Business email compromise schemes are sneaky. By taking advantage of some social engineering techniques and some cyber criminal activity, hackers can send emails to employees that look like they're coming from the C-suite.
But look a little more closely: That isn't your boss, and you probably shouldn't put money in those offshore accounts.
What's the deal?
A BEC scheme begins with hackers gaining access to a corporate entity's email account via a diverse array of methods, including keylogger tools or phishing methods, according to Trend Micro researchers. Often, companies targeted by these kinds of attacks have recently undergone a change in leadership, so there may be some level of confusion as to exactly who comprises the C-suite of these organizations.
Once the hacker has a way in, emails can be sent out to the employees from that executive's address. There are three possible paths for the scam to take from here:
- The hacker asks for the employee to send money to an offshore account. This is usually couched as an "alternate" account for an established partner that the employee would already recognize.
- The hacker poses as someone in the C-suite or another authoritative figure and says that there is some sort of emergency that requires the employee to wire company funds to another account.
- This is where the hacker takes control of an email account and then sends messages – essentially fraudulent invoices – to clients requesting they send money.
If your company falls victim to any one of these versions of the BEC scam, hackers could abscond with millions.
Why do it?
What motivates hackers to orchestrate this kind of scam against unsuspecting companies? Money, of course. Business email compromise schemes are extremely profitable. In fact, according to the Federal Bureau of Investigation, BEC schemes have netted nearly $3.1 billion, with victims in all 50 states and 100 countries. The epidemic continues to expand, with a 1,300 percent increase in exposed losses since January 2015. In addition, law enforcement received reports from over 17,000 individuals between October 2013 to February 2016.
According to Trend Micro researchers, the CFO is the person most likely to be targeted by BEC scams. This makes sense; who else are you going to go to when you want to steal corporate-controlled money? It's also more likely that employees of lower rank would carry out the hacker's wishes if it looks like they're coming from someone near the top. According to the Deccan Chronicle, 40 percent of BEC scams are carried out against small and medium-sized businesses.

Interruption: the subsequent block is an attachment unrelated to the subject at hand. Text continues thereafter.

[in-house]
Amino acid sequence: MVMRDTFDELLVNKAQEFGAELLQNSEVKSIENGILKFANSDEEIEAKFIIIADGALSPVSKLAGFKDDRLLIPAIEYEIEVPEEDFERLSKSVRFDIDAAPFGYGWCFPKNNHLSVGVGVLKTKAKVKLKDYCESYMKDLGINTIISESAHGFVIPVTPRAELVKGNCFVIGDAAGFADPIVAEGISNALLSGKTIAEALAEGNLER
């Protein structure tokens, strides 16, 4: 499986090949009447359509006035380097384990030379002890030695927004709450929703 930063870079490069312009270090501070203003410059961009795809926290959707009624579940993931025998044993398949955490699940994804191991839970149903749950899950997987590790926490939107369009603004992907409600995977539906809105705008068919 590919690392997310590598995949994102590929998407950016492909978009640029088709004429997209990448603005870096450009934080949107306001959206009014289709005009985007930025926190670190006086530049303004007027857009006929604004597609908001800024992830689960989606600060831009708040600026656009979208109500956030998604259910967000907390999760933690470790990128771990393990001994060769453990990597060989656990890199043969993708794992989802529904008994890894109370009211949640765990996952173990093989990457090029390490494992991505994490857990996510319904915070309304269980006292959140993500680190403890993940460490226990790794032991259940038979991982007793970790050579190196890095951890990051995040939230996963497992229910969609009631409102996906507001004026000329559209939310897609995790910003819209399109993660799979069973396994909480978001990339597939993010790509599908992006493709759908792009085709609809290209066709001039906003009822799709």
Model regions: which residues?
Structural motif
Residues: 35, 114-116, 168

It may seem like hackers have won the day with this kind of scheme. Some questions remain, however: How do you tell when you've been targeted by a BEC scam? How do you defend your company against situations like this?
Educate, educate, educate
One thing is clear: Training and education are two of the most important barriers between hackers and the money they are so desperately trying to get out of your company. Making sure employees know the circumstances under which the C-suite will inquire about offshore accounts and keeping them in the loop about cyber security strategies is the first line of defense.
Entrepreneur contributor Eric Basu noted that it's critical for businesses to avoid scams in order to ensure best cyber security practices. By educating employees on what a scam email looks like and telling them not to click on any fraudulent links or attachments in these messages, you can give them the tools to prevent cyber crime being committed against your office.
"Spell out what information is and is not acceptable to divulge over the phone, in an email, or in-person to those of unfamiliar status within the organization and outside the company," Basu wrote.
Something a little stronger required
However, there may come a time when training isn't enough. Employees are only human, and it's completely possible that they might fall victim to these kinds of scams. When it comes to protecting your company and the money you've worked so hard to earn, you shouldn't leave it to chance: Investing in the right cyber security solutions is critical.
"Because of the duplicitous and insidious nature of BECs, simple best practices or security solutions are not enough to effectively defend against them," Trend Micro researchers wrote. "BEC scams highlight how employees are the primary and final line of defense when it comes down to protecting an organization's valued assets. Security awareness and solutions that can go beyond the traditional email threats create the barrier between company response and a thousand dollar wire transfer."
BEC schemes are responsible for huge financial losses, and corporate employees are the ones falling for them. Even if an email looks like it was sent from the C-suite, you should make sure it's not part of this scam.